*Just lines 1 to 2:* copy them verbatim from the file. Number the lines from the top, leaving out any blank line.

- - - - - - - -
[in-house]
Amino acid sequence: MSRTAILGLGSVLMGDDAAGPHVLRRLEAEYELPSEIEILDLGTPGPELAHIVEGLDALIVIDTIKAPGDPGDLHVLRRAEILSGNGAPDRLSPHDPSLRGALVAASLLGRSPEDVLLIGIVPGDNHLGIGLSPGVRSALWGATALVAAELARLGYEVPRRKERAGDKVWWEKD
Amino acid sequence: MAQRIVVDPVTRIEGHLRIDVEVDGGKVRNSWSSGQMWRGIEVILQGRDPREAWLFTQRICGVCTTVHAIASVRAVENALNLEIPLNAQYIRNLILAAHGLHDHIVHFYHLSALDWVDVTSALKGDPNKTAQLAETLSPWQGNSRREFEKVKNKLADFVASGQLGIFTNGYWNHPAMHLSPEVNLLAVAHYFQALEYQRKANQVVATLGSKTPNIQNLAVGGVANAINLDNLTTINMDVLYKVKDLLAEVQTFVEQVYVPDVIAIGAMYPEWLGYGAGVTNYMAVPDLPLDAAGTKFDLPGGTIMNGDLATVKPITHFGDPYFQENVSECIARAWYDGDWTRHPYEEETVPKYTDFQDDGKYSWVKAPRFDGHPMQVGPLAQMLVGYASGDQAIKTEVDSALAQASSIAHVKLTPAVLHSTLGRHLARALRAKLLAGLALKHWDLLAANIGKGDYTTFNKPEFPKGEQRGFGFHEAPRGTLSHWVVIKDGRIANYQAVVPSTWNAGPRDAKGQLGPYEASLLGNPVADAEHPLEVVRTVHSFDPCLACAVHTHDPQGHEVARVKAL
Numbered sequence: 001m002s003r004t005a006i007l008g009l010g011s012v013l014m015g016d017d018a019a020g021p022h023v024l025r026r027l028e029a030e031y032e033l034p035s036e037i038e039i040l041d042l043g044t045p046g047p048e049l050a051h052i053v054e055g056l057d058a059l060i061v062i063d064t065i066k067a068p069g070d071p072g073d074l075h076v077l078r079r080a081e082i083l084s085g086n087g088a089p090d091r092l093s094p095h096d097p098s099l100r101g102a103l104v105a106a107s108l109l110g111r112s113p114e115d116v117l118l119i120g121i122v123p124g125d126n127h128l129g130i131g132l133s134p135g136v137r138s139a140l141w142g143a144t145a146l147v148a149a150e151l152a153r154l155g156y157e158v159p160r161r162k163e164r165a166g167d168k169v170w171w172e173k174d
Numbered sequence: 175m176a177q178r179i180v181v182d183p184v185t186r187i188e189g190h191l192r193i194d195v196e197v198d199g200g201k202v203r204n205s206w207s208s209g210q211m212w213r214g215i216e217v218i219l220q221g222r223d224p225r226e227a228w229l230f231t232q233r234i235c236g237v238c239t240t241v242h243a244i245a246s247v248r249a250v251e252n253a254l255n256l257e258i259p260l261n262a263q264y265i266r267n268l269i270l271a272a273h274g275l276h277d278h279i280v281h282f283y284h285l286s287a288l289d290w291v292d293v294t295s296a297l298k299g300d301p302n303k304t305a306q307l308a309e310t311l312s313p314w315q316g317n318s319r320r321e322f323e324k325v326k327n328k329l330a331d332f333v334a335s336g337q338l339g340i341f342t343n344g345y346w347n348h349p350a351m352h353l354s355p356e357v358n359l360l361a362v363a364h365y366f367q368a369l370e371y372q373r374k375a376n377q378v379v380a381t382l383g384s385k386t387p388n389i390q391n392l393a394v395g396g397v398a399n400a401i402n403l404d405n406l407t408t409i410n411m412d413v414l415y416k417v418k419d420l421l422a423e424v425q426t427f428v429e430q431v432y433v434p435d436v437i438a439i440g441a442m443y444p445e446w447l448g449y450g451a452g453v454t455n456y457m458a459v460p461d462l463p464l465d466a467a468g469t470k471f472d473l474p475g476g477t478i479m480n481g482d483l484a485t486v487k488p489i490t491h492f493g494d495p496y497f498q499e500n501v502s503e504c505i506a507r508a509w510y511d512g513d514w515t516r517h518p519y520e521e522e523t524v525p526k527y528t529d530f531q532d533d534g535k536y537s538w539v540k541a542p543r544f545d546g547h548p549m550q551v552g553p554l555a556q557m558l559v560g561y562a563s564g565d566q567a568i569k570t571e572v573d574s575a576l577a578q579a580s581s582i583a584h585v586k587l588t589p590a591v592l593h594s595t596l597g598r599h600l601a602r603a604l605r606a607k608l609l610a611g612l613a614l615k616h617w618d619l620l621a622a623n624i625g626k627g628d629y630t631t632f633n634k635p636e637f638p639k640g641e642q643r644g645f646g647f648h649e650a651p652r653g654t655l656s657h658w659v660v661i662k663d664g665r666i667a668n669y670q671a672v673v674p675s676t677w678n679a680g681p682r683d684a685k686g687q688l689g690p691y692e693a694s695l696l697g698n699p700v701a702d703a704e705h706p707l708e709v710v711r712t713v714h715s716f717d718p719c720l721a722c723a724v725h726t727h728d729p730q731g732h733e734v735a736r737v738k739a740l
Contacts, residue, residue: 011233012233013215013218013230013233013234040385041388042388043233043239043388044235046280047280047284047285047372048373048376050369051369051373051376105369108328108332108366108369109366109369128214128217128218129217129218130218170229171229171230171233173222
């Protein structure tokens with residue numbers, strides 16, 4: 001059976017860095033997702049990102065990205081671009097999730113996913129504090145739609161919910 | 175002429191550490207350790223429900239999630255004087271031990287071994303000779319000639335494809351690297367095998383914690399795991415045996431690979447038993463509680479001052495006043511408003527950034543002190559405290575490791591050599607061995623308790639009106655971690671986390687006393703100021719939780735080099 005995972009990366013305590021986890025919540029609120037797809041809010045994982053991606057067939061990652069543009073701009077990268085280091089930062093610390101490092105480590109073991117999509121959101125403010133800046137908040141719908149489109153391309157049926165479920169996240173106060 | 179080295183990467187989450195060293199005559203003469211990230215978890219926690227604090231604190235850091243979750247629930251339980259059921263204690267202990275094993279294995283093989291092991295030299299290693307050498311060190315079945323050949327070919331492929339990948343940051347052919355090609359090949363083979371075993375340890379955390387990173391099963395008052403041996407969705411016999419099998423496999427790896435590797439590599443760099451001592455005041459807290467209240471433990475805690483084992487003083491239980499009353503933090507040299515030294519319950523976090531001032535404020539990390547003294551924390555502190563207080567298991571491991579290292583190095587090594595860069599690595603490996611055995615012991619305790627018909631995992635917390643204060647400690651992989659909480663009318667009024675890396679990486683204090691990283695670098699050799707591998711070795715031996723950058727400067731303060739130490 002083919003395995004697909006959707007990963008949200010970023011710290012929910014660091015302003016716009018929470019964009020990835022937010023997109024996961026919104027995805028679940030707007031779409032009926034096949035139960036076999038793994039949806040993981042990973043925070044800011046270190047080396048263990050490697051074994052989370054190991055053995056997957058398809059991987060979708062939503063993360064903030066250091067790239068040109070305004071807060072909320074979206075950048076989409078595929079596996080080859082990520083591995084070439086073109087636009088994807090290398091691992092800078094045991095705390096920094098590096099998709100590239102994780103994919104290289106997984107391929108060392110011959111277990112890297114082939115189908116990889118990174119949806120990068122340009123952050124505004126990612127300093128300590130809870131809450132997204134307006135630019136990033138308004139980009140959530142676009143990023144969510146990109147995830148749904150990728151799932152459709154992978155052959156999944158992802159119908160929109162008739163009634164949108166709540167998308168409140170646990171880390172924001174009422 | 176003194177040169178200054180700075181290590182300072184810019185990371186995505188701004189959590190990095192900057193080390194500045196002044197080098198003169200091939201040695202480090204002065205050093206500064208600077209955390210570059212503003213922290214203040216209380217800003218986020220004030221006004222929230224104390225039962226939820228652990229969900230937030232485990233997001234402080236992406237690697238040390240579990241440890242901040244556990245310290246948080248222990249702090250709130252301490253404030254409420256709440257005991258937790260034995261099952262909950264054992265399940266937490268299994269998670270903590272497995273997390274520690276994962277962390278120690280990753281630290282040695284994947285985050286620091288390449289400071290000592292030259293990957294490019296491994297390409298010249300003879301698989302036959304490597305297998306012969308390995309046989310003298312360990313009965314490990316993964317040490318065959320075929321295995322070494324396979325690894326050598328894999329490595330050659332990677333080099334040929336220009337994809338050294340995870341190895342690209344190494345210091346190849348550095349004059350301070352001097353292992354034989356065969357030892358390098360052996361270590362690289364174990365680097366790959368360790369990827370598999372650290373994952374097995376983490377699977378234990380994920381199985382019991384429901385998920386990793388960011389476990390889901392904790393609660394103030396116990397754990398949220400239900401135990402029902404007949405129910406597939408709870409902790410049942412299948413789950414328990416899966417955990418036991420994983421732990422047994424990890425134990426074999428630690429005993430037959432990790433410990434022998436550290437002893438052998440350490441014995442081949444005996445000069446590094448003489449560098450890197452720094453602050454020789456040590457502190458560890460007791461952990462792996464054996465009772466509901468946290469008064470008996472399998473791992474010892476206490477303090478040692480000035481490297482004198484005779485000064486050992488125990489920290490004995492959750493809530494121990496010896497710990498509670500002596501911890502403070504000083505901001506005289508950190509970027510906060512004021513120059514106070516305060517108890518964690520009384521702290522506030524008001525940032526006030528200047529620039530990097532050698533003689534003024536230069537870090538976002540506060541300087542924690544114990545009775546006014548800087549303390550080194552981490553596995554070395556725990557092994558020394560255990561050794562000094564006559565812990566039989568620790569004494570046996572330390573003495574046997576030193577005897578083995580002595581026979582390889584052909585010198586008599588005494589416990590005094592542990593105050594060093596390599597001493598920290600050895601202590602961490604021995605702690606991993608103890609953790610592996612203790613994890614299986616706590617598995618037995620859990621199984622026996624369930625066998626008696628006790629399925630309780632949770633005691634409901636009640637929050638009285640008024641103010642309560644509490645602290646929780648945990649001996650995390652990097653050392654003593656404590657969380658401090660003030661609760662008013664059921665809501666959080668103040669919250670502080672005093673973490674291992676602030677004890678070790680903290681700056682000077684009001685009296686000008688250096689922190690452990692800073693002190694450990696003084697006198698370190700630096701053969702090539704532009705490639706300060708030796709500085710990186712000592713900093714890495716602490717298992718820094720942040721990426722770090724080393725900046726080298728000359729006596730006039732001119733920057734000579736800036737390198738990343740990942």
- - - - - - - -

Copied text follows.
[in-house]
Amino acid sequence: MSRTAILGLGSVLMGDDAAGPHVLRRLEAEYELPSEIEILDLGTPGPELAHIVEGLDALIVIDTIKAPGDPGDLHVLRRAEILSGNGAPDRLSPHDPSLRGALVAASLLGRSPEDVLLIGIVPGDNHLGIGLSPGVRSALWGATALVAAELARLGYEVPRRKERAGDKVWWEKD